“Important phone call?” he asked.
“I needed a minute alone.”
“Alone? That’s all you’ve done this afternoon is sneak off. Sara came to see you and you’ve barely said ten words to her. What the hell is your problem?”
“I don’t know, all right?” He lowered his voice. “I wasn’t ready for this. I told you that. I needed more time.”
“For what? Why are you so afraid of her? She’s your daughter.”
Yule clutched the glass carafe close to his chest and stared blankly into the fireplace. “She’s Maggie’s daughter,” he said, as if that should explain everything.
Confused and upset, Michael returned to the front room. The couch was empty, Sara’s coat and bag gone.
“Oh, great. Not again.” Walking to the foyer, he was surprised to see his sister standing there, hands folded in front of herself.
“This was a bad idea,” she said with a sad smile.
“No, it wasn’t, it’s just—”
“No,” she said, cutting him off with a raised hand. “This was my fault. I know better. I’m always telling people in these types of situations not to push it, to give it time; not everyone deals with these things the same way. And then, what did I do? I started pressuring, pushing Yule to see me.” She stepped forward, taking his hand in hers. “I spent my whole life dreaming of having a family—a real family. I got a brother. An amazing brother I look up to and admire more each time I’m with him. I’m so lucky. Even if that’s all I ever get, I’ll never be able to complain.”
Michael struggled, not sure what to say.
Slinging her purse over her shoulder, she smiled. “Lunch tomorrow?”
“Of course,” he whispered.
As her hand touched the doorknob, a voice called from the front room. “Sara.” The siblings turned to face their father. His eyes were red and he looked distraught. “Wait, please.”
Fingers trembling, she took a few steps forward.
“You were right. I don’t hate you. But I do resent that all these wounds that I thought were healed are suddenly open again. I spent so much of my life dealing with losing everything. It took me forever to think about those times without falling apart. It took me years to come to terms and be okay with everyone else dying—losing my family.” He stopped, trying to find the words. “You look just like your mother. When I see you, I see her. Everything floods back. All the pain, all the guilt.”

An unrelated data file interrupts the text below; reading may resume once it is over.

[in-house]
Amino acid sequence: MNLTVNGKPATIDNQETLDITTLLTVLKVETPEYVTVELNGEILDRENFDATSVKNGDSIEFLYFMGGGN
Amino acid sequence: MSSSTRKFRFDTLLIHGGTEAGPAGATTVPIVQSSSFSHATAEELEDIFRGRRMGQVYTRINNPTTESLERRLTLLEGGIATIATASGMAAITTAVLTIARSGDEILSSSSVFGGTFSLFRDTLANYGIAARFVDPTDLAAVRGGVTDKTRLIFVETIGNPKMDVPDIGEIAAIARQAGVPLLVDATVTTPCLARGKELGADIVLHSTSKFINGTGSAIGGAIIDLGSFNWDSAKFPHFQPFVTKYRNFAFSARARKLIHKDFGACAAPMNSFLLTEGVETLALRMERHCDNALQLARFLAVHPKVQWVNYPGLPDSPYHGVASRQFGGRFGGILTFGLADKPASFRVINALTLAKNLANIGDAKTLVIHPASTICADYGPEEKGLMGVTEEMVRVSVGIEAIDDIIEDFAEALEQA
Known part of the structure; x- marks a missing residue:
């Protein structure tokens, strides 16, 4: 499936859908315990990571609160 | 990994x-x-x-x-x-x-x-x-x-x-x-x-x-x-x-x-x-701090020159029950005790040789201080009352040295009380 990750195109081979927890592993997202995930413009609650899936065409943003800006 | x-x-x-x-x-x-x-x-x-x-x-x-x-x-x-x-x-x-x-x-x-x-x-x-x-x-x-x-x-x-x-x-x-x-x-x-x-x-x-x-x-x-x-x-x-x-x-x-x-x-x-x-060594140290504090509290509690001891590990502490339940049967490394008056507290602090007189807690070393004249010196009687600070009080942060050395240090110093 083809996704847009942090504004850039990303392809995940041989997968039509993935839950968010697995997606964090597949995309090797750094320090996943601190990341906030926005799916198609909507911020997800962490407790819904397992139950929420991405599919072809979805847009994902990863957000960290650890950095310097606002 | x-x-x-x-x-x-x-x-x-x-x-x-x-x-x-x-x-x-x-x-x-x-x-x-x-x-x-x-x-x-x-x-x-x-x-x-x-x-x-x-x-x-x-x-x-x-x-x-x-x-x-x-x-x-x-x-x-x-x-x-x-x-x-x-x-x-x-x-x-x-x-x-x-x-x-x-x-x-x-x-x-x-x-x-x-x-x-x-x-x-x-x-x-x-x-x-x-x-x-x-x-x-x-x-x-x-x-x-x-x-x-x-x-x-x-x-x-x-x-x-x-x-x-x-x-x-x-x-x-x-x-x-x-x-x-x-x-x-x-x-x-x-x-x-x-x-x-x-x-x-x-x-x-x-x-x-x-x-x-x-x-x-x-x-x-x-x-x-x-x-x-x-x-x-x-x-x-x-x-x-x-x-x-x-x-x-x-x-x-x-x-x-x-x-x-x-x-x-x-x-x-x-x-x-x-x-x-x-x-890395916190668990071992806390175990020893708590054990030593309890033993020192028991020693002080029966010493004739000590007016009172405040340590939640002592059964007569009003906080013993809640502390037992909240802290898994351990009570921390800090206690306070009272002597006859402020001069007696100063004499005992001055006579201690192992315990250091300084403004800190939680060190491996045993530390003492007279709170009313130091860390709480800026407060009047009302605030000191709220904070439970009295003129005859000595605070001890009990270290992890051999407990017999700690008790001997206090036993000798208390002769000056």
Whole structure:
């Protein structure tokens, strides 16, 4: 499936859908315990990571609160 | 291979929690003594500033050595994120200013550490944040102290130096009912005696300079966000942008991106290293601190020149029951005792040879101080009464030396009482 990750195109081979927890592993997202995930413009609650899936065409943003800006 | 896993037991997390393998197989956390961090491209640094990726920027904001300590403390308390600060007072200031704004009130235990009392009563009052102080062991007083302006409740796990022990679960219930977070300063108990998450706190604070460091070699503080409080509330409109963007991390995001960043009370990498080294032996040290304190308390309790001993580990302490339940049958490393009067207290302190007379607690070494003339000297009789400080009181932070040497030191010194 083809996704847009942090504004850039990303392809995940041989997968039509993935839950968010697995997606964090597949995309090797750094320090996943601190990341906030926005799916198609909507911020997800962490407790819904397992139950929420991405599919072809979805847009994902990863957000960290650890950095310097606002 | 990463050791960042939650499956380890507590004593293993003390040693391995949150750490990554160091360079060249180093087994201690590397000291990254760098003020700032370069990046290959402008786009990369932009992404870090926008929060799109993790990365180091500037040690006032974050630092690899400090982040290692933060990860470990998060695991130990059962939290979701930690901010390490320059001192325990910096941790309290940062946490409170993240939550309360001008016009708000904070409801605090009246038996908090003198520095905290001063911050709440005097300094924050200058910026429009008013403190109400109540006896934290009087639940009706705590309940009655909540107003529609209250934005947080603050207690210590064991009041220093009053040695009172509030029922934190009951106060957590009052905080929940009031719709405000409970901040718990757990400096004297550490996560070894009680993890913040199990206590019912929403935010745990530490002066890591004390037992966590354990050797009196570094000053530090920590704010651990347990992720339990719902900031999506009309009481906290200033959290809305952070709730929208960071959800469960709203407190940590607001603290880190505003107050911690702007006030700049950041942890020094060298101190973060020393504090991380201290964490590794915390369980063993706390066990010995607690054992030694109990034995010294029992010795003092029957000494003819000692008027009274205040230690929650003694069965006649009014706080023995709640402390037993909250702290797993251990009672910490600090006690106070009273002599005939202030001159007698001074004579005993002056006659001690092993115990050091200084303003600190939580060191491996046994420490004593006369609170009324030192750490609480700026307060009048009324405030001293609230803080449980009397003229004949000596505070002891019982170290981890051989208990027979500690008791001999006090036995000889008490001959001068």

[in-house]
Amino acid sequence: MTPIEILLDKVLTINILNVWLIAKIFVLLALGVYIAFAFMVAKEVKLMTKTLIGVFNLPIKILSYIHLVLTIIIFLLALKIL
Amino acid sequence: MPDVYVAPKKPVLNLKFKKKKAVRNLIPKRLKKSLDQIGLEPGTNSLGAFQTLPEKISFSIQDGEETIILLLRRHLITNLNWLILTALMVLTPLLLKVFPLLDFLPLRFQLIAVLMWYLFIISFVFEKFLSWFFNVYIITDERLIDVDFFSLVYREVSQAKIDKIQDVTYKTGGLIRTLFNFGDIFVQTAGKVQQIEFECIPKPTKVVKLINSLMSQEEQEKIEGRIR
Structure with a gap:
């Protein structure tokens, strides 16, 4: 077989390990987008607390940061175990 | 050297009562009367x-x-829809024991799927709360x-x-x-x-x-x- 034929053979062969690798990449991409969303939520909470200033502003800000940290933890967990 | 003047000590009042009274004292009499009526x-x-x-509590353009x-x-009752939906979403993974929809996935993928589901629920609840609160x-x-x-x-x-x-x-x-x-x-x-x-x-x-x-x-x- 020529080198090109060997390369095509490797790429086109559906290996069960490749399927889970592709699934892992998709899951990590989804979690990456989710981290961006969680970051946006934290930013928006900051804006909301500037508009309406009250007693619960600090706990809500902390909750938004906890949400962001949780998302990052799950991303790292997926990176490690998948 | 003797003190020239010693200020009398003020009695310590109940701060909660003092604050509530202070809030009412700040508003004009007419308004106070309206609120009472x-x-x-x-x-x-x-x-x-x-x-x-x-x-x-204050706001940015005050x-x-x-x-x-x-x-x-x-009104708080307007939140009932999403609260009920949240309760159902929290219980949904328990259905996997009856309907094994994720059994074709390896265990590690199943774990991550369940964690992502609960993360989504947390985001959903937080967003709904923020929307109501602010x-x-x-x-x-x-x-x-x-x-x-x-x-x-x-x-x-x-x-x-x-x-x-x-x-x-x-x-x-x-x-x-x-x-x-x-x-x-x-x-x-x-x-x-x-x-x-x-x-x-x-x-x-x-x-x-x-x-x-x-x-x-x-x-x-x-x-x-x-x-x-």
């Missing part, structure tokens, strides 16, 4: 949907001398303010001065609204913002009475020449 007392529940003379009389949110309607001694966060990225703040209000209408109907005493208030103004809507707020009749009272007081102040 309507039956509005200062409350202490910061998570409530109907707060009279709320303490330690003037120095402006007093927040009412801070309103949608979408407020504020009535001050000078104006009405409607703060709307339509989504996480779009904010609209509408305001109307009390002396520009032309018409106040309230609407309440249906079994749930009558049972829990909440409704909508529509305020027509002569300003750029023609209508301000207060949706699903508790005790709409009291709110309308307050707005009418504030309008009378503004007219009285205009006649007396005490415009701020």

“Dad, it’s okay,” Michael started, suddenly feeling the need to protect his father.
“No, it’s not. I was only thinking about myself, about my own feelings. I wasn’t considering both of yours.” He locked eyes on Sara’s. “I wanted a daughter. I loved my boys, but I always hoped for a girl. Sally didn’t want any more kids. When Maggie told me she was pregnant with you, I was so happy.” Yule swallowed hard. “I don’t want things to end like this. Do you think we could try it again, next week? I’d like another shot.”
“Absolutely,” Sara said with a gentle smile.
Nodding once, Yule turned and headed up the stairs.
“I love you, Dad,” she whispered when he was out of sight.
Taking a deep breath, Michael smiled at his sister. “Why don’t you let me drive you home.”
* * * * *
Xavier waved his magic wand over the top hat, then tapped it two times. “Abracadabra.” He reached in and pulled out a four of spades. “Is this your card?”
“Yes,” said Ravenswood. “That was amazing!”
Xavier smiled and began pawing through the box. “I’ve got another trick in here...”
“Okay, Xavier,” Beth said firmly. “You’ve shown them a lot of tricks, but Uncle Woody and Aunt Melody have to get ready and leave now.”
Melody giggled as she stood up and took her coat from Jacob. “’Aunt Melody.’”
“Well, you will be soon. No reason they can’t start calling you that now.”